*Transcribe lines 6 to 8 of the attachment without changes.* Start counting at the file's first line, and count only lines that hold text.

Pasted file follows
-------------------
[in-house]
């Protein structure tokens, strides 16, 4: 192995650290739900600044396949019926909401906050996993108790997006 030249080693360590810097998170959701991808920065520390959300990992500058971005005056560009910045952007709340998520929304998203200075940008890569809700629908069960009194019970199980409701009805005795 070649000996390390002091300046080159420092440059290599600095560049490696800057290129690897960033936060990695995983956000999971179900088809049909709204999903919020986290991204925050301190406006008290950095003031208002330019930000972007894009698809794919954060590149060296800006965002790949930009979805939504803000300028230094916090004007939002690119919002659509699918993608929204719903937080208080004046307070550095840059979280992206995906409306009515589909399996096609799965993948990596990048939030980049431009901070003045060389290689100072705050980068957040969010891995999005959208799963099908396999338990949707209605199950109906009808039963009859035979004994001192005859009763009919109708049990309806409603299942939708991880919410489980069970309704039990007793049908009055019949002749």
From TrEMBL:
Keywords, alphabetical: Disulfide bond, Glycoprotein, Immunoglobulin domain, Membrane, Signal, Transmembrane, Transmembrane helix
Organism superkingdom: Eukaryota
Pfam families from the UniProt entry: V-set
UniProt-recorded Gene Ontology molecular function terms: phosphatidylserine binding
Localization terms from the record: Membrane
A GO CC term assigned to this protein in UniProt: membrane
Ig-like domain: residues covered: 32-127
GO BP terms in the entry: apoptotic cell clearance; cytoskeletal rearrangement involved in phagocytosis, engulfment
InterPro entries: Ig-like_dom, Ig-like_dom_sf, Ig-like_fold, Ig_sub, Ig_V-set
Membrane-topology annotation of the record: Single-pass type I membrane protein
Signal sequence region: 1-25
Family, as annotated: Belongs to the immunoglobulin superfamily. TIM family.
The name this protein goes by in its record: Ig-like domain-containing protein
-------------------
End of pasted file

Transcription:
Pfam families from the UniProt entry: V-set
UniProt-recorded Gene Ontology molecular function terms: phosphatidylserine binding
Localization terms from the record: Membrane